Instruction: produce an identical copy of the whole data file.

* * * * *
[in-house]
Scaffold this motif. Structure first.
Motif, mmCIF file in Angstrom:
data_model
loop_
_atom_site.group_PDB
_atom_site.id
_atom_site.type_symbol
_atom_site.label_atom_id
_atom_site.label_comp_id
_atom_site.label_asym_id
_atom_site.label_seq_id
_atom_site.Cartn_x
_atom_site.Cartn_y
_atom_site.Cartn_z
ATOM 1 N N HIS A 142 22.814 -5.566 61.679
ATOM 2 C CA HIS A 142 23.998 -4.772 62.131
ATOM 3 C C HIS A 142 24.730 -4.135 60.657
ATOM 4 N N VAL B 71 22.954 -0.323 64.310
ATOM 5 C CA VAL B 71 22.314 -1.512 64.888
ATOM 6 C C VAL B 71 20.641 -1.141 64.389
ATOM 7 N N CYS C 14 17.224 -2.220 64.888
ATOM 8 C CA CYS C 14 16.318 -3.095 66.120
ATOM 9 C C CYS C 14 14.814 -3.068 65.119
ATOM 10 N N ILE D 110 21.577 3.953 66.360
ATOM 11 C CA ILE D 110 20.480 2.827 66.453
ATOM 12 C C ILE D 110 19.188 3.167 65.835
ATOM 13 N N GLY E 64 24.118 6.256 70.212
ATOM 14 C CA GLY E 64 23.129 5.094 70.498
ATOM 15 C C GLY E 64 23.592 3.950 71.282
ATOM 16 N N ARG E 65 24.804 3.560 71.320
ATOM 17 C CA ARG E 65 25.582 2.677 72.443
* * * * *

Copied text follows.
[in-house]
Scaffold this motif. Structure first.
Motif, mmCIF file in Angstrom:
data_model
loop_
_atom_site.group_PDB
_atom_site.id
_atom_site.type_symbol
_atom_site.label_atom_id
_atom_site.label_comp_id
_atom_site.label_asym_id
_atom_site.label_seq_id
_atom_site.Cartn_x
_atom_site.Cartn_y
_atom_site.Cartn_z
ATOM 1 N N HIS A 142 22.814 -5.566 61.679
ATOM 2 C CA HIS A 142 23.998 -4.772 62.131
ATOM 3 C C HIS A 142 24.730 -4.135 60.657
ATOM 4 N N VAL B 71 22.954 -0.323 64.310
ATOM 5 C CA VAL B 71 22.314 -1.512 64.888
ATOM 6 C C VAL B 71 20.641 -1.141 64.389
ATOM 7 N N CYS C 14 17.224 -2.220 64.888
ATOM 8 C CA CYS C 14 16.318 -3.095 66.120
ATOM 9 C C CYS C 14 14.814 -3.068 65.119
ATOM 10 N N ILE D 110 21.577 3.953 66.360
ATOM 11 C CA ILE D 110 20.480 2.827 66.453
ATOM 12 C C ILE D 110 19.188 3.167 65.835
ATOM 13 N N GLY E 64 24.118 6.256 70.212
ATOM 14 C CA GLY E 64 23.129 5.094 70.498
ATOM 15 C C GLY E 64 23.592 3.950 71.282
ATOM 16 N N ARG E 65 24.804 3.560 71.320
ATOM 17 C CA ARG E 65 25.582 2.677 72.443